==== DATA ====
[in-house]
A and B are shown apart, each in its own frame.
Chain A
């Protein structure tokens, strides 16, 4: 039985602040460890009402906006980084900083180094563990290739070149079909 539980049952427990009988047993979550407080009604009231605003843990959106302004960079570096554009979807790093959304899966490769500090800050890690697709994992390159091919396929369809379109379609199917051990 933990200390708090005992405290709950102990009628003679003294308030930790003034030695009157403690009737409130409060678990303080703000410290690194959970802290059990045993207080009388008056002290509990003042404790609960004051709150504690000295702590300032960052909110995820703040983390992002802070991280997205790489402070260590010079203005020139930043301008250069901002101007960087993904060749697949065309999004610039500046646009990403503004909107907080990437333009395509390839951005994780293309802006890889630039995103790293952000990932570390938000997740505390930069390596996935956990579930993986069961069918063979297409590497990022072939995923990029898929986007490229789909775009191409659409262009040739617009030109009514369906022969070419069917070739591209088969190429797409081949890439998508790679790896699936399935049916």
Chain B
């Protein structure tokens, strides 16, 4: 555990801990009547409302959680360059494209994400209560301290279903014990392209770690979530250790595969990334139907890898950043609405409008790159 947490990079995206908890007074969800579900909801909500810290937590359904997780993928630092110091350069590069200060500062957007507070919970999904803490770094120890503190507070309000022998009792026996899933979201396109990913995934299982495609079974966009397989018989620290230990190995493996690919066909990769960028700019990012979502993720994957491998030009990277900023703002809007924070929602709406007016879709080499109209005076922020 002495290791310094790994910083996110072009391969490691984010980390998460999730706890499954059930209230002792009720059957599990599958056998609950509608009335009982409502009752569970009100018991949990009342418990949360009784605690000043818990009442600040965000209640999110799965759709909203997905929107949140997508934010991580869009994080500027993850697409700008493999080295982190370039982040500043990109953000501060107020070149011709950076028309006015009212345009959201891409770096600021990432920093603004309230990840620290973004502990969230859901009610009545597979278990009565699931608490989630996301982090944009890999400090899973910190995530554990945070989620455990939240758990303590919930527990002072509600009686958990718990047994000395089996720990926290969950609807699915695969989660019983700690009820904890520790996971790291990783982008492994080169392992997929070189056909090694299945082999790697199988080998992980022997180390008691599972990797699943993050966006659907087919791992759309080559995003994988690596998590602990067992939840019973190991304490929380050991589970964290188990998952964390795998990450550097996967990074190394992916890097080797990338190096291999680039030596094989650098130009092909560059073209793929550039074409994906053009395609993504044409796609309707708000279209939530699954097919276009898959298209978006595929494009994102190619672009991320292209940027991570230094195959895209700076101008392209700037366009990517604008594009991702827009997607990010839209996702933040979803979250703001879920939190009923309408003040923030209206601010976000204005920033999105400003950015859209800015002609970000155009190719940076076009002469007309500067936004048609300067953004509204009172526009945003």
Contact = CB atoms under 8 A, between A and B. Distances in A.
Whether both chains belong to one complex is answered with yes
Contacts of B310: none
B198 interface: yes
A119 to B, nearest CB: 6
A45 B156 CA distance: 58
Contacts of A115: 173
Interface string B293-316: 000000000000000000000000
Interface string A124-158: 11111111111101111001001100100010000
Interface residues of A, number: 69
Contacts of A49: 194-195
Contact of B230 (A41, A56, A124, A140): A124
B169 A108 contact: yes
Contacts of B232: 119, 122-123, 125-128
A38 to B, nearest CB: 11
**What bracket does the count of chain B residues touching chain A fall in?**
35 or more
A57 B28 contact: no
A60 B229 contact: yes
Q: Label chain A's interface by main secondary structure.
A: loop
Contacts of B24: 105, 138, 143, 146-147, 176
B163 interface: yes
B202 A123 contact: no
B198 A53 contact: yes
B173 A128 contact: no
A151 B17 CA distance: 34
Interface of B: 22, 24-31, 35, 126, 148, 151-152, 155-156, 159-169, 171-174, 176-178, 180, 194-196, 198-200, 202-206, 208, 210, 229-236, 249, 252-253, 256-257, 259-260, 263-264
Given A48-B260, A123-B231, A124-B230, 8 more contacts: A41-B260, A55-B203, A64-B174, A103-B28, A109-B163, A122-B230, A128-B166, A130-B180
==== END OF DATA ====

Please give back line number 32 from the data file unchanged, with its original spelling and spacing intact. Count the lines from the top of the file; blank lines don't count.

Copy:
B173 A128 contact: no